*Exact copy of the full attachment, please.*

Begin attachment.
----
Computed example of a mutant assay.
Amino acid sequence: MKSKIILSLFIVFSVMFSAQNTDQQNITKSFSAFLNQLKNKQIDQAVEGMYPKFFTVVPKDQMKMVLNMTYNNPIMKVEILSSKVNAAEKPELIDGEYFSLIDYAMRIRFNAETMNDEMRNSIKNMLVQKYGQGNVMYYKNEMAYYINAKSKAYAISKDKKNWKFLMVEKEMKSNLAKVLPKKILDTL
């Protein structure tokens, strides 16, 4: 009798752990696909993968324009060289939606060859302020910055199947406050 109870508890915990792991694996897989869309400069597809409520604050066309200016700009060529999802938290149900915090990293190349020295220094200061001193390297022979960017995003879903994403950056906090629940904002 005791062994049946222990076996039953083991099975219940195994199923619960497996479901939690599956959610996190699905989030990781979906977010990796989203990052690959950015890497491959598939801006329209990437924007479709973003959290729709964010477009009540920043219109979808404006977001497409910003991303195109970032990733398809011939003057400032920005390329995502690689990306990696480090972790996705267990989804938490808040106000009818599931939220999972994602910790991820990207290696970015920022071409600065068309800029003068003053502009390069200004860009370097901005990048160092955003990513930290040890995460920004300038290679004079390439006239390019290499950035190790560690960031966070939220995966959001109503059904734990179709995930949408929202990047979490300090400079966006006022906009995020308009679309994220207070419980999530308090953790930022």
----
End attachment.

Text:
Computed example of a mutant assay.
Amino acid sequence: MKSKIILSLFIVFSVMFSAQNTDQQNITKSFSAFLNQLKNKQIDQAVEGMYPKFFTVVPKDQMKMVLNMTYNNPIMKVEILSSKVNAAEKPELIDGEYFSLIDYAMRIRFNAETMNDEMRNSIKNMLVQKYGQGNVMYYKNEMAYYINAKSKAYAISKDKKNWKFLMVEKEMKSNLAKVLPKKILDTL
């Protein structure tokens, strides 16, 4: 009798752990696909993968324009060289939606060859302020910055199947406050 109870508890915990792991694996897989869309400069597809409520604050066309200016700009060529999802938290149900915090990293190349020295220094200061001193390297022979960017995003879903994403950056906090629940904002 005791062994049946222990076996039953083991099975219940195994199923619960497996479901939690599956959610996190699905989030990781979906977010990796989203990052690959950015890497491959598939801006329209990437924007479709973003959290729709964010477009009540920043219109979808404006977001497409910003991303195109970032990733398809011939003057400032920005390329995502690689990306990696480090972790996705267990989804938490808040106000009818599931939220999972994602910790991820990207290696970015920022071409600065068309800029003068003053502009390069200004860009370097901005990048160092955003990513930290040890995460920004300038290679004079390439006239390019290499950035190790560690960031966070939220995966959001109503059904734990179709995930949408929202990047979490300090400079966006006022906009995020308009679309994220207070419980999530308090953790930022």